Free Ventilation Advice to Boost Pig Health

by 5m Editor
18 July 2012, at 11:31am

UK - Ventilation specialist John Chambers will answer pig producers’ questions about the potential effects of ventilation on pig productivity at the next BPEX Live online workshop, on Monday 30 July 2012, 7.00 – 8.00pm.

He will explain where to start to pinpoint practical solutions to improve pig health and performance.

Everyone is invited to join in the discussion, or just listen and pick up some practical tips from the comfort of their own home or office.

The online workshop is part of a new project from the BPEX Health and Environment teams, who have come together to offer producers the opportunity to access free ventilation advice for pig housing.

Recent work by BPEX has highlighted that poor ventilation on pig farms is one of the key factor s which act as a barrier to the industry’s attempts to improve pig health.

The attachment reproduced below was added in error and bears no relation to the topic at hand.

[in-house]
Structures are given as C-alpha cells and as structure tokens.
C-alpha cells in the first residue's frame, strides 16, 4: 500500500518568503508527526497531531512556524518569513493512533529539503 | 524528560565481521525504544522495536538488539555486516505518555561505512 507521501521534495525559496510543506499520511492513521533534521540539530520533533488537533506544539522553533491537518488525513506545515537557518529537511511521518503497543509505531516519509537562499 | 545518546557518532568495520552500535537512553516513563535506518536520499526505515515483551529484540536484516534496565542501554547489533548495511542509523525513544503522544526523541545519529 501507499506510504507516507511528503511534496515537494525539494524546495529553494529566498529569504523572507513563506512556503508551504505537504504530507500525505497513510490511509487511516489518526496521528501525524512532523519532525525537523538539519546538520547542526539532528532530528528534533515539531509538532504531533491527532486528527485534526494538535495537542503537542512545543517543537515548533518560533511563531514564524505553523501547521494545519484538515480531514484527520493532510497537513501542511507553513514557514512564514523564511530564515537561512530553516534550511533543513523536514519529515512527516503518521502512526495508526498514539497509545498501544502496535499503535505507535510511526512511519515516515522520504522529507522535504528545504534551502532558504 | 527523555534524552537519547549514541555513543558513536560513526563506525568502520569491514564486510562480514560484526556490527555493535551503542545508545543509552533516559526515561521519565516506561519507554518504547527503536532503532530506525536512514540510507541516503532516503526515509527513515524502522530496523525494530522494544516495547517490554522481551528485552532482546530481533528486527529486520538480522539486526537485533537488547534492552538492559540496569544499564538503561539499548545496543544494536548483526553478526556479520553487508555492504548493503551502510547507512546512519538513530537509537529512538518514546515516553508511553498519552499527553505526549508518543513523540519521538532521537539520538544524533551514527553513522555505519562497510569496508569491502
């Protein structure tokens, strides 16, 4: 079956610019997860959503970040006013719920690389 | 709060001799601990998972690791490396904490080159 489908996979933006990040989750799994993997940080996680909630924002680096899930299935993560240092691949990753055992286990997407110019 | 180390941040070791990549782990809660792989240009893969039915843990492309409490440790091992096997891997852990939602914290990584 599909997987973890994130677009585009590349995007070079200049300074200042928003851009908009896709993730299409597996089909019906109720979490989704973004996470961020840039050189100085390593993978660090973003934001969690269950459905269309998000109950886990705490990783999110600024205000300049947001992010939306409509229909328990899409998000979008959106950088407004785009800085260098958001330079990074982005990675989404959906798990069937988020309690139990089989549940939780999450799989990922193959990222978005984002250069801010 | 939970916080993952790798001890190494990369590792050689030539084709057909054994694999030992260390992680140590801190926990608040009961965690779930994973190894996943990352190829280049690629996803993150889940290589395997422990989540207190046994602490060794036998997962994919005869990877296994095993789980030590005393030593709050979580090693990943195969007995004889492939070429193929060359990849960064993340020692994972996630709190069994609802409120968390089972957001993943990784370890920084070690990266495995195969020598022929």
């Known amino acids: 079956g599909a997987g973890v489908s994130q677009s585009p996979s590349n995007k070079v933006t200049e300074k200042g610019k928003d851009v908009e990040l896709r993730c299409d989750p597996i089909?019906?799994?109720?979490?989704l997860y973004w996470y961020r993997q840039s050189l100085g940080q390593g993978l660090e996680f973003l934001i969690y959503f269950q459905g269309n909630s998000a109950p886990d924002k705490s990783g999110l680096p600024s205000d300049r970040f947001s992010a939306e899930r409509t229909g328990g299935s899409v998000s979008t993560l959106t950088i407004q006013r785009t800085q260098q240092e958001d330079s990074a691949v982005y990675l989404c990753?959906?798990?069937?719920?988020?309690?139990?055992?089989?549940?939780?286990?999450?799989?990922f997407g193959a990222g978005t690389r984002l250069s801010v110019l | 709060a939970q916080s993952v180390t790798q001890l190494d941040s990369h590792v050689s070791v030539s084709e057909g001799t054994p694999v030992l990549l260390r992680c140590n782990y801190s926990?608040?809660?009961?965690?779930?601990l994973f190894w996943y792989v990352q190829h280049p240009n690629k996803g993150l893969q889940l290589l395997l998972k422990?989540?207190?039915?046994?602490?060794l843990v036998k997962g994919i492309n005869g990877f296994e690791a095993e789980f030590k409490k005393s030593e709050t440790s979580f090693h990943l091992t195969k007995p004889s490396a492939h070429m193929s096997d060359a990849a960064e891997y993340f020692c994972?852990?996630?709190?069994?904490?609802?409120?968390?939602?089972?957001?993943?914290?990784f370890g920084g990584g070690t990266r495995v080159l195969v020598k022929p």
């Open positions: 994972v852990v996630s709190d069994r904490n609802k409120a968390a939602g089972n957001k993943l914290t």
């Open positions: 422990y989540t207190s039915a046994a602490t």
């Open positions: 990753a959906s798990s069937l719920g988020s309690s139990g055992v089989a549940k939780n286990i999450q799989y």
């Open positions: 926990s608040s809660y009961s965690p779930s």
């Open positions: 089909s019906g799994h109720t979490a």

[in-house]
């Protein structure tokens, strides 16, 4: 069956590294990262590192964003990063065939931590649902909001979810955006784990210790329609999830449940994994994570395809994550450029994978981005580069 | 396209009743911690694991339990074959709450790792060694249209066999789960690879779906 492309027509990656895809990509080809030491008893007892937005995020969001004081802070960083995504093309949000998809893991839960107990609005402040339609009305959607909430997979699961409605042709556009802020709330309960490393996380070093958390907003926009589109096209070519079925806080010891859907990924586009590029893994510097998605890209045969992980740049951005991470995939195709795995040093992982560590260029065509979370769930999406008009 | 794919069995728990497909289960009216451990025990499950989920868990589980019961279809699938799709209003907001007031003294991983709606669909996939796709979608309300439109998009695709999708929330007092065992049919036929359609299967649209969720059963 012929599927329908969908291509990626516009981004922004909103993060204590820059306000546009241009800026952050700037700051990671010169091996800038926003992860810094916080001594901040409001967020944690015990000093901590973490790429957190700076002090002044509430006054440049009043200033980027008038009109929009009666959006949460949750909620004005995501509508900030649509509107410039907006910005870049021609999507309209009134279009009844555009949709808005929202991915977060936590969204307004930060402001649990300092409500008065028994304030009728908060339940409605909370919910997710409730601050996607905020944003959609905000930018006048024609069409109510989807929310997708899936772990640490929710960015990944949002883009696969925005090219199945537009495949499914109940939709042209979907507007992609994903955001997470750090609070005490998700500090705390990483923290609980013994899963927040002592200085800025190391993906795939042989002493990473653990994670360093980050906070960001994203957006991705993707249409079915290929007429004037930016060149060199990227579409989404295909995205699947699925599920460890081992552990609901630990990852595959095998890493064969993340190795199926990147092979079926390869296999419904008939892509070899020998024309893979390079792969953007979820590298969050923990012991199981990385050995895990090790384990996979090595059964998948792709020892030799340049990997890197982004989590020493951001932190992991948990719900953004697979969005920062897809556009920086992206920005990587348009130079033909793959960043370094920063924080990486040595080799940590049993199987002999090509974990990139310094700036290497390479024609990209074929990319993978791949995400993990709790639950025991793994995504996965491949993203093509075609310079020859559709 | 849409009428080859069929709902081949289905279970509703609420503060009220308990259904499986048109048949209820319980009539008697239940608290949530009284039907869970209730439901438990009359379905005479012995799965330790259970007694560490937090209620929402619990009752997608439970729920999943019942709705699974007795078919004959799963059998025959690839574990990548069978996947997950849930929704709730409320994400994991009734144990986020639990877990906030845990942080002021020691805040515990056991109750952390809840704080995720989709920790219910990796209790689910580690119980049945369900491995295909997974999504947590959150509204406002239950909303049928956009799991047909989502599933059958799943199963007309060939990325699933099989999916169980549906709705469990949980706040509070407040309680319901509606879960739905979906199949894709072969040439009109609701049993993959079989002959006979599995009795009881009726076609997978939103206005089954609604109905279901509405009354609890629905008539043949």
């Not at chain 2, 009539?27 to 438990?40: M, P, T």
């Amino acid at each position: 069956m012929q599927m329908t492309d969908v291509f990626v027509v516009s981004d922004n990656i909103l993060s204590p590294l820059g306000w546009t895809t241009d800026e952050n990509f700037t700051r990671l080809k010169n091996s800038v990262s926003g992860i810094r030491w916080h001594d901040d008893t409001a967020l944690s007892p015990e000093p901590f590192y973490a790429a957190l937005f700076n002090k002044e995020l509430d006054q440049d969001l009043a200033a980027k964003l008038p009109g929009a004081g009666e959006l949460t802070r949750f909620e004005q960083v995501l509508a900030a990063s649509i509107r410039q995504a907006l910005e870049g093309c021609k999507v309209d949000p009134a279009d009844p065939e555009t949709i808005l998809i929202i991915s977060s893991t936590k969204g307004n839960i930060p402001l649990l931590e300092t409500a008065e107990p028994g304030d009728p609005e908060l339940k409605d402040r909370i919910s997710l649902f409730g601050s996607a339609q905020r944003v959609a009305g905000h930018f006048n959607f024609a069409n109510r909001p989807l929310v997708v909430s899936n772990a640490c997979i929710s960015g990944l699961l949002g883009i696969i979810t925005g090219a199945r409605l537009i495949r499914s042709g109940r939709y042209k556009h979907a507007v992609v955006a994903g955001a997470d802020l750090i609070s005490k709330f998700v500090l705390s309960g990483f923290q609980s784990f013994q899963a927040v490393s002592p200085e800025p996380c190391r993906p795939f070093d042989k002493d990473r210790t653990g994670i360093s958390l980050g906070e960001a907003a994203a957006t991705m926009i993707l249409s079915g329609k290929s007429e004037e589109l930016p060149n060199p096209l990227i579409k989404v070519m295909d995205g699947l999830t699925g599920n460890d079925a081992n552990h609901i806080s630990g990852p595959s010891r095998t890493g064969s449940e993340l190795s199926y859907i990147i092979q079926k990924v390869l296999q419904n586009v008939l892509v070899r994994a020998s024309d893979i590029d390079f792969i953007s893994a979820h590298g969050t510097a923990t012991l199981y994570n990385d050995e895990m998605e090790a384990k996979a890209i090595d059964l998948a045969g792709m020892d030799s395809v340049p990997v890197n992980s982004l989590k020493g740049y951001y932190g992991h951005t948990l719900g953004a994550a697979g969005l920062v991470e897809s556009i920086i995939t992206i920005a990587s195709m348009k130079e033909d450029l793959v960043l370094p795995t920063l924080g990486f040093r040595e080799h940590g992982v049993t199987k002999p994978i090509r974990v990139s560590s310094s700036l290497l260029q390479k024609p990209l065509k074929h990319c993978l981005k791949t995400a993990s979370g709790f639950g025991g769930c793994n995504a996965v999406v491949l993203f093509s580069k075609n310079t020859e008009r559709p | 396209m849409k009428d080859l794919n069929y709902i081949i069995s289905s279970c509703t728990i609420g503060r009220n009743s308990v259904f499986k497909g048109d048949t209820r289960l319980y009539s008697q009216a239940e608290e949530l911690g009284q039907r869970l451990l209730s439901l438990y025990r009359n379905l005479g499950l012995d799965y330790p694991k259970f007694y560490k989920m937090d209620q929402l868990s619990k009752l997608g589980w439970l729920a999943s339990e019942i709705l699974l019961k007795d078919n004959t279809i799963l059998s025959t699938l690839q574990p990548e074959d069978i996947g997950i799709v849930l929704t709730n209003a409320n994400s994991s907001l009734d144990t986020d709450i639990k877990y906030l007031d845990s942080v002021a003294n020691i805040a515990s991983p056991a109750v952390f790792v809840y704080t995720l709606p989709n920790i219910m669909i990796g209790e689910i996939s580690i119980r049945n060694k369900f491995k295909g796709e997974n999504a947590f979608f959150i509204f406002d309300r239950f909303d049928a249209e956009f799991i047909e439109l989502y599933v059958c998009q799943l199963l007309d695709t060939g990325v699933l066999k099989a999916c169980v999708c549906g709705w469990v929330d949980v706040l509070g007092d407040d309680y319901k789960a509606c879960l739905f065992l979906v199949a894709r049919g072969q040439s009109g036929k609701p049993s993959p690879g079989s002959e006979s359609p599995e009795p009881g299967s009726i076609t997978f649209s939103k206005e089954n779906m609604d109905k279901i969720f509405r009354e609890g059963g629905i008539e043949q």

John Chambers explains that efficient ventilation systems effectively draw fresh air into a building, removing the stale air, which contains a proportion of microbes, dust, harmful gases and water vapour. “Where systems are either not well managed or failing to function properly, there are detrimental implications to pig health and performance, particularly during warm weather,“ he says.

Register for BPEX Live at:

For help and information, please contact Alaina Arnold on [email protected], 0247 647 8812.

The BPEX ventilation project is also offering a full buildings assessment and detailed report from John Chambers free of charge to 25 pig units across the country who are part of Pig Health Improvement Project (PHIP) cluster groups.

These reports will be discussed at upcoming cluster group meetings, where any key points that apply to other producers will be explored. There will also be a best practice ventilation guide available to all pig producers, covering some of the points raised. If these first 25 consultations go well, BPEX will look at ways to extend the project to help more producers improve ventilation and pig health.